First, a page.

# Monthly Active Users Cohorts Syntax Breakdown

Consider a typical cohorts scenario where we need to model the number of monthly active users within our cohorts. Typically this involves using a monthly retention rate and applying that to the number of users in each cohort as time progresses. The formula looks something like this:

New Customers (cohort)

The items ‘cohort’ and ‘t-cohort’ in the above formula are time modifiers for the referenced variables. Usually, we would use ‘current’ and this would retrieve the New Customers value from the month we are currently in (e.g. in Jan 22 it will return New Customers from Jan 22 and in Apr 22 it will return New Customers from Apr 22 etc.)

In this formula we have changed the time modifier to say ‘cohort’. By doing this we are asking Causal to return the New Customers for Jan 22 in the Jan 22 cohort, New Customers for Feb 22 in the Feb 22 cohort, New Customers for Mar 22 in the Mar 22 cohort etc.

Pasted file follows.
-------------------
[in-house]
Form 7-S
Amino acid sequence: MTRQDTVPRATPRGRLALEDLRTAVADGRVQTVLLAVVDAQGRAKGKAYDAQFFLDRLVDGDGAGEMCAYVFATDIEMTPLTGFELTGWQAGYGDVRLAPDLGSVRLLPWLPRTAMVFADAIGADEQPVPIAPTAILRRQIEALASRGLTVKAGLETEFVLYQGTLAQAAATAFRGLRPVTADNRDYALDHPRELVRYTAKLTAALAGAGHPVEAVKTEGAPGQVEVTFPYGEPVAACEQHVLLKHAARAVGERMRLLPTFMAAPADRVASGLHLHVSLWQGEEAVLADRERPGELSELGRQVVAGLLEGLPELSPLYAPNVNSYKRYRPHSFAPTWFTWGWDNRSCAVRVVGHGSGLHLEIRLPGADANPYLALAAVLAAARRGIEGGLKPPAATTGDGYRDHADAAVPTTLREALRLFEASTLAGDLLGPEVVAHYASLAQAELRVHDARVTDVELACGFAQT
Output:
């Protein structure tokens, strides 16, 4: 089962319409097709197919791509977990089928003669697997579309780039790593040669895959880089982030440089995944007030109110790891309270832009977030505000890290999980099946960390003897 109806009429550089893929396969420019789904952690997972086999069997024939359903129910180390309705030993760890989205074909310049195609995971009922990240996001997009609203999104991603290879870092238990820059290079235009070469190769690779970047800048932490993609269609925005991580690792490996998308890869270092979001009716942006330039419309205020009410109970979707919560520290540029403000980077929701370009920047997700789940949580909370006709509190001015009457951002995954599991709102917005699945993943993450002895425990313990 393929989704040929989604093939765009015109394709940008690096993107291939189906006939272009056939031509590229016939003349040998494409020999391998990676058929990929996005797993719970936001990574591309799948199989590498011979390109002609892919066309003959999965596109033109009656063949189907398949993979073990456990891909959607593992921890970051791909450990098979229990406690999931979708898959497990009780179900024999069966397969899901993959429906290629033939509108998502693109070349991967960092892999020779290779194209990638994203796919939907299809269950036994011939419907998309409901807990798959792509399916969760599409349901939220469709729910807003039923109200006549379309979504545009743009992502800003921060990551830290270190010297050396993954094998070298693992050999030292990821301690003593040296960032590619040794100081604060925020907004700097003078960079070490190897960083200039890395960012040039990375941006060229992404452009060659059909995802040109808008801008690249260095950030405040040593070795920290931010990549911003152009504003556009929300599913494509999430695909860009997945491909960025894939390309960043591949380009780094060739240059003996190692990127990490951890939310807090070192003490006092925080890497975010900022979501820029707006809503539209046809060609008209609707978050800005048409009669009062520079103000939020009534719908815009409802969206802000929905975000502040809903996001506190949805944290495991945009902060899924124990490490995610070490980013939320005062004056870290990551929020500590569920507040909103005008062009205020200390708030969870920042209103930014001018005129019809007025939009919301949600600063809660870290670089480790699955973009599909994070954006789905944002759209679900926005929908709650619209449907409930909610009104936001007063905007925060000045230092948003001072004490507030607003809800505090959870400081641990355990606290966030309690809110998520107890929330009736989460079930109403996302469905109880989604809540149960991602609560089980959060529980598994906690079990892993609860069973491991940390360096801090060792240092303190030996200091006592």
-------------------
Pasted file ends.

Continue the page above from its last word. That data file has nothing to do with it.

Assuming 100 new customer a month, this is the result of the first half of the formula:

Retention rate (t-cohort)

In this formula we have changed the time modifier to say ‘t-cohort’. In simple terms we are asking Causal to use the 1st Retention rate for the first month of each cohort, the 2nd Retention rate for the second month of each cohort etc. In this case we have formatted the Retention rate variable to be ‘relative time’, so the 1st Retention rate is always the value in Jan 22 and the 2nd is always the value in Feb 22.

e.g. the Jan 22 cohort will use the Jan 22 Retention rate in its first month and the Apr 22 cohort will also use the Jan 22 Rentention rate for its first month. By assigning relative time we are essentially ignoring the period the value has been assigned to and the Jan 22 Retention rate should be viewed as the 1st Retention rate and not the Retention rate for the month of Jan 22.

This is the result of the second half of the formula:

Final Result
By multiplying the results from the first half of the formula by the results of the second half of the formula, we end up with something that looks like this:

For an even more in depth explanation with some maths of how the time modifiers ‘cohort’ and ‘t-cohort’ are actually working please visit here

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